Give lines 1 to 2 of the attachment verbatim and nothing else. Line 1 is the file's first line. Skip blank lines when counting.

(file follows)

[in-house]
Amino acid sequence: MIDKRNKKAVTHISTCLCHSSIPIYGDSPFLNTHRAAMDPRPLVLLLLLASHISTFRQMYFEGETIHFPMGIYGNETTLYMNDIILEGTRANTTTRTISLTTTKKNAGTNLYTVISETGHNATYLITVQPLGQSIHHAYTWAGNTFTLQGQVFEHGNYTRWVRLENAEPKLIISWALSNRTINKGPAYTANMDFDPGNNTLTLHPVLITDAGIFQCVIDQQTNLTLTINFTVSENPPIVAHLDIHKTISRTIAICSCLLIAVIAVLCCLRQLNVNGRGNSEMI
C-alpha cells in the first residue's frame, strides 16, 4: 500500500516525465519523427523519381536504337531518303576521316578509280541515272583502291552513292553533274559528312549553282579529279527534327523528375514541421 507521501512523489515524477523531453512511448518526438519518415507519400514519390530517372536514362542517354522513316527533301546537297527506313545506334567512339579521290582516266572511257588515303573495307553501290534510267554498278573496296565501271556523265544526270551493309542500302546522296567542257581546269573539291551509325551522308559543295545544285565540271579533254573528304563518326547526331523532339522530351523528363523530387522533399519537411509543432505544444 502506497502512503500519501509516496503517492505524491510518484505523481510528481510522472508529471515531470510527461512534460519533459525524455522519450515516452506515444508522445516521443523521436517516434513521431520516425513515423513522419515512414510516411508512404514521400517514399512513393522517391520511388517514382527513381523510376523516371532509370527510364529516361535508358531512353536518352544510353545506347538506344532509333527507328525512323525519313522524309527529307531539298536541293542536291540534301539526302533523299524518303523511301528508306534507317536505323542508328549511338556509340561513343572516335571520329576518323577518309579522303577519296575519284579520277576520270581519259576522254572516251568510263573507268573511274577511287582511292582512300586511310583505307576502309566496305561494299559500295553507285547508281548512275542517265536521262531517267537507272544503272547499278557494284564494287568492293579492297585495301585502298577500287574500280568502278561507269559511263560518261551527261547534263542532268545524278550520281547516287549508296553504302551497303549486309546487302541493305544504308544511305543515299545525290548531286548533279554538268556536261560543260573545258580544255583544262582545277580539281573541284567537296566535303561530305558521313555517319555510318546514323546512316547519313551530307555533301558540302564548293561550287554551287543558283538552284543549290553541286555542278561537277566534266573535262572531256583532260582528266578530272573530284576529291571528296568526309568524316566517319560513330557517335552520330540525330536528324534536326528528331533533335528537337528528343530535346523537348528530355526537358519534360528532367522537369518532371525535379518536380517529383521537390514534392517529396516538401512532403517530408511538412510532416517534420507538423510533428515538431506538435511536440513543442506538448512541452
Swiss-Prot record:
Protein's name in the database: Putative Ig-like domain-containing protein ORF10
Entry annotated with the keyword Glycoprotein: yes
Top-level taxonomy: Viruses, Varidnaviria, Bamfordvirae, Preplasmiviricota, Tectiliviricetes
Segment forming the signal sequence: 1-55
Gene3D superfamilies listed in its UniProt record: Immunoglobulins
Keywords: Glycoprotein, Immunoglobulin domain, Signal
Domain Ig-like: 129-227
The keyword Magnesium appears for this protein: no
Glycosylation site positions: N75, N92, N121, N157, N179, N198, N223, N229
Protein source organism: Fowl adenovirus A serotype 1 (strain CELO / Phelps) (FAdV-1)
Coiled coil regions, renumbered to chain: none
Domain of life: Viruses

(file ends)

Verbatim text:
[in-house]
Amino acid sequence: MIDKRNKKAVTHISTCLCHSSIPIYGDSPFLNTHRAAMDPRPLVLLLLLASHISTFRQMYFEGETIHFPMGIYGNETTLYMNDIILEGTRANTTTRTISLTTTKKNAGTNLYTVISETGHNATYLITVQPLGQSIHHAYTWAGNTFTLQGQVFEHGNYTRWVRLENAEPKLIISWALSNRTINKGPAYTANMDFDPGNNTLTLHPVLITDAGIFQCVIDQQTNLTLTINFTVSENPPIVAHLDIHKTISRTIAICSCLLIAVIAVLCCLRQLNVNGRGNSEMI